Article 4 of the agreement aims to “achieve a balance between anthropogenic emissions by sources and removals by sinks of greenhouse gases in the second half of this century.” This language opens up the possibility of forest offsets, as well as geoengineering techniques like carbon capture and storage or ocean fertilisation. Using land carbon offsets to create “carbon sinks” will not compensate for continued exploitation of fossil fuels, however, and conservation projects and unproven technologies like biochar could have unforeseen effects.
These worries aside, it is important to recognise that carbon trading is not the politically attractive option it used to be. Numerous countries and regions, including the European Union, Brazil and New Zealand, argued for carbon trading to be including in the Paris Agreement. They had support from big oil and coal, the World Bank, and the International Monetary Fund. But resistance from elsewhere has weakened the appetite for carbon trading internationally.
A significant part of the reason why carbon trading is marginal in the Paris Agreement is the strident opposition from Venezuela and Bolivia to any mention of market mechanisms in the post-Kyoto agreement. They have opposed carbon trading because it shifts responsibility for emissions reduction towards developing countries.
Carbon trading has also encountered opposition in diverse local and national locations. Social movement groups and affected communities in developing countries have opposed carbon trading and offsetting. And, for entirely different reasons, conservatives have campaigned against carbon trading in Australia, the United States and Canada.
In Australia, conservatives oppose carbon trading because it (potentially) involves government action to limit fossil fuels. But the content of the debate has become more confused than a simple matter of energy preferences. In the long, bitter debate over carbon pricing in Australia, conservatives leveraged the contradictions and shortcomings of carbon trading in an attempt to delegitimise it. They targeted the risks associated with international offsets, the failures of the EU carbon market and the regressive impact of carbon pricing. These are real distributive issues that warrant serious political discussion, but Australian political leaders preferred to exchange cynical half-truths.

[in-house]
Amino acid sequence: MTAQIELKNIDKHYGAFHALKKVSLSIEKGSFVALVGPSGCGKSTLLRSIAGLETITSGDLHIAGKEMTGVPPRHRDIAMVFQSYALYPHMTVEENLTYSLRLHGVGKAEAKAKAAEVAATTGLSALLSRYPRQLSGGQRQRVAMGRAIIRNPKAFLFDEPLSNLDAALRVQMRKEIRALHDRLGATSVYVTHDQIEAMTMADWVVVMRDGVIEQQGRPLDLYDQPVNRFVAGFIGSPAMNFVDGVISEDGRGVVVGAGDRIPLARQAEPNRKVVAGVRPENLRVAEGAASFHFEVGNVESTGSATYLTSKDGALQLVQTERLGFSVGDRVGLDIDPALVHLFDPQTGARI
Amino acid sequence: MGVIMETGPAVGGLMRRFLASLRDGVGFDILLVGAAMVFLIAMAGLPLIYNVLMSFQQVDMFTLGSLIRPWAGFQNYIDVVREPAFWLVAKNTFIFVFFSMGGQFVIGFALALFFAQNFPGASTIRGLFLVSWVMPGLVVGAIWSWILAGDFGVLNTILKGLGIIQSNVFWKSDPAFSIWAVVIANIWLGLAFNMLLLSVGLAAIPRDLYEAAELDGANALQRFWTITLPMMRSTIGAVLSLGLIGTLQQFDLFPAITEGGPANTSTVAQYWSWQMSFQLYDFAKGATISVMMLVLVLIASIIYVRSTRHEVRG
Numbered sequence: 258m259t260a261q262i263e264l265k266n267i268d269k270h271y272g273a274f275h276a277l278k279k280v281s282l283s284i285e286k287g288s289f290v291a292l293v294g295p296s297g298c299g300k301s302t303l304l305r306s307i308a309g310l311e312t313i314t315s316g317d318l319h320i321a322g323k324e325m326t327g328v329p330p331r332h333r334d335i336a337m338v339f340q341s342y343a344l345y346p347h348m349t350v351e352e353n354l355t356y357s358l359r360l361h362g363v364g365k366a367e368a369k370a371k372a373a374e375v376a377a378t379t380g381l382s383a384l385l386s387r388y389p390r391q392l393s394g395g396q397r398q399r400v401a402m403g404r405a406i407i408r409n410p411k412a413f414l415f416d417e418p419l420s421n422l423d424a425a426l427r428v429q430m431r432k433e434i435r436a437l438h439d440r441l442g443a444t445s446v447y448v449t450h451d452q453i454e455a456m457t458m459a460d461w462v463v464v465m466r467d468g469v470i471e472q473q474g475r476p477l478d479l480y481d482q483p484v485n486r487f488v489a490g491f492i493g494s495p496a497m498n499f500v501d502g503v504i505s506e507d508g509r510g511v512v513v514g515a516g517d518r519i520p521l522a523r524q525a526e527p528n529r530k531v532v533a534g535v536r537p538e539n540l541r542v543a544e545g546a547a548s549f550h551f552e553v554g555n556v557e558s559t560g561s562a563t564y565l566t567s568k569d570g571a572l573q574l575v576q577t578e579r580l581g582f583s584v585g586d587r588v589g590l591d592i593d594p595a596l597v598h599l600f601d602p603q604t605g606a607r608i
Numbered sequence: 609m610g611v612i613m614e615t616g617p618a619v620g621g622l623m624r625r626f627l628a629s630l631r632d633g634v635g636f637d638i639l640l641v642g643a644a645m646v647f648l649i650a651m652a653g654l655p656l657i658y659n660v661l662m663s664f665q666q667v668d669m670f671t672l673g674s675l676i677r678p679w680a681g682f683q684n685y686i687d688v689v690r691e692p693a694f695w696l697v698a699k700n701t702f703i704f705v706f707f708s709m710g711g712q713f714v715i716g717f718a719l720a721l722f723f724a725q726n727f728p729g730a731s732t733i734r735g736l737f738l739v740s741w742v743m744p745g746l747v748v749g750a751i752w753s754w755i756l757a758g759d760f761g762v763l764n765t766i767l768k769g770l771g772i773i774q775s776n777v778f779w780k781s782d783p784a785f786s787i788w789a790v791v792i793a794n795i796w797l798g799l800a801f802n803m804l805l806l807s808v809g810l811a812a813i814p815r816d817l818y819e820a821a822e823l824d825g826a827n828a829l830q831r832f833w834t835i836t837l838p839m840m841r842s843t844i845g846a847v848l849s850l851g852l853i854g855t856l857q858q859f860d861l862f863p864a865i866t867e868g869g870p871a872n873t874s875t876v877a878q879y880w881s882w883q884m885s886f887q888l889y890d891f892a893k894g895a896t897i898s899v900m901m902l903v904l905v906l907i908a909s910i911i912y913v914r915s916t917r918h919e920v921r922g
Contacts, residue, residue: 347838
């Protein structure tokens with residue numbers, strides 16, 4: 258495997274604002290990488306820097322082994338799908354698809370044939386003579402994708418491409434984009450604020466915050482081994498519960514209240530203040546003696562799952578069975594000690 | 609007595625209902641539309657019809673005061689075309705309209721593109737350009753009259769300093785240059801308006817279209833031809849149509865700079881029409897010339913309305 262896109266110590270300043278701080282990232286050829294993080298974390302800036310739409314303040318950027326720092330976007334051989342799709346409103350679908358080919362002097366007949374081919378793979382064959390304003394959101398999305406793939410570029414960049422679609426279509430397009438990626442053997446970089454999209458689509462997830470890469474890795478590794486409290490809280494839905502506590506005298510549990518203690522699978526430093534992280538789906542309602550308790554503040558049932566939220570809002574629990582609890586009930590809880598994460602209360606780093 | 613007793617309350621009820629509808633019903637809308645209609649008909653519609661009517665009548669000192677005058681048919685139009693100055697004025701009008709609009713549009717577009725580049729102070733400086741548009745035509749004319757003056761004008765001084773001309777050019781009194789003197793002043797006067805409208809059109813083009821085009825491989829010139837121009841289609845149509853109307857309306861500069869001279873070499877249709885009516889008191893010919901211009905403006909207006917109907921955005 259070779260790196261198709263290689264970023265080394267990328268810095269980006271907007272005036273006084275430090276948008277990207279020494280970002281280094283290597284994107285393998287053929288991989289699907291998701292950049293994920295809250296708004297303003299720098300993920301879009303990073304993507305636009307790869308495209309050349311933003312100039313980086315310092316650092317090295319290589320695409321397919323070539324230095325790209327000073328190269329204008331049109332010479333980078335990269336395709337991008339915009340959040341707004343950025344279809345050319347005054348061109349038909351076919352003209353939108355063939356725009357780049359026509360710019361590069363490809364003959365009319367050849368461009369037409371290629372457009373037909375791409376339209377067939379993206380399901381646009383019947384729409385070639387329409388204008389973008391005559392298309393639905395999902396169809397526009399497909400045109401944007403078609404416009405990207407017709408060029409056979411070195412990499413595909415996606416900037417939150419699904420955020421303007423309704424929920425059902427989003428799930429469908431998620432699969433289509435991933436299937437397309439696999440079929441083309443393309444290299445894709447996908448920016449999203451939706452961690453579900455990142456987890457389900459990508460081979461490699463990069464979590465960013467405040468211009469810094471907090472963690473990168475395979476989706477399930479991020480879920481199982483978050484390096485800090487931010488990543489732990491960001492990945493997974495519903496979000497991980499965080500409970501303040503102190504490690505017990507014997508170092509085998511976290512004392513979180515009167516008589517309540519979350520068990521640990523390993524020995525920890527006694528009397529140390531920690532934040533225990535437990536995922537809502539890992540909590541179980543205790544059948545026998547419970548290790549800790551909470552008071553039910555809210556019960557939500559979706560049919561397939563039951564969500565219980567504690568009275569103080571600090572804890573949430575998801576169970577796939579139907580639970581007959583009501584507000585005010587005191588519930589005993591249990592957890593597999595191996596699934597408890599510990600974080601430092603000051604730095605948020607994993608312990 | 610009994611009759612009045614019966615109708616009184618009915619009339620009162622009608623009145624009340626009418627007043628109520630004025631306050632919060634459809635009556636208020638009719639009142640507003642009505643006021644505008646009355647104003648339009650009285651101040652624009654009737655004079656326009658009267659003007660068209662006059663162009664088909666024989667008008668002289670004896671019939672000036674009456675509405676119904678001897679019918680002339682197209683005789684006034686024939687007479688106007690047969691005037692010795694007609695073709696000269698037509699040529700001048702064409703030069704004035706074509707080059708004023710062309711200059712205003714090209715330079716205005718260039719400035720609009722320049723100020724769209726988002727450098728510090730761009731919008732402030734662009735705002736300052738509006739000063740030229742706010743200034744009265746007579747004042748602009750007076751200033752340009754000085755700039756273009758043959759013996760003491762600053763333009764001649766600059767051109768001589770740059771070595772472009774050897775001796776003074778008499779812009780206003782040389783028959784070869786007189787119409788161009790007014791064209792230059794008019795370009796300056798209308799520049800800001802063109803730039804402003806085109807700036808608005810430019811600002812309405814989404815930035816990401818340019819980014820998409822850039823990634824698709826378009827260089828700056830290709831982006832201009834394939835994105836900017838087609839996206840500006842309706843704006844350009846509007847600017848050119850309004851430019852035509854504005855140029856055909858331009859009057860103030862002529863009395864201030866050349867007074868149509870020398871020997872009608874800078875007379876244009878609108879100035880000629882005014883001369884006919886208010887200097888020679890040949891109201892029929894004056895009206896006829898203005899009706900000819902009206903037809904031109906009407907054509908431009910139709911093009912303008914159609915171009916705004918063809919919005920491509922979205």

The Paris Agreement will not deliver a carbon market that comes even close to the ideal trading regime economists have been after. What we are likely to see after Paris is a patchwork of emissions trading and offsets schemes that won’t reduce emissions on the scale necessary.
This is why policy-makers and others engaged in this debate should move beyond a fixation with carbon prices and stop making narrow political points about the potential reintroduction of emissions trading. No doubt the experiment in carbon trading will continue, and Australia looks interested once again in “cheap” international offsets. But carbon pricing will become increasingly marginal to the debate as the case for energy market reform develops.
Meanwhile, interest in direct regulation is resurging. The Stockholm Environment Institute has been developing the case for “supply side” climate policy that involves governments in placing restrictions on fossil fuel developments. If successful, the Australia Institute’s campaign for a global moratorium on new coal mines would help keep the required volume of fossil fuels in the ground. Community groups are also seeking to democratise coal and gas licensing and planning processes, including insisting on their right to say no to companies. Public investment in renewable energies and reform of our broken electricity industry are also long overdue.
Energy market reform will undoubtedly create new contradictions and political trouble. But the urgency of climate change requires more than carbon pricing can deliver. •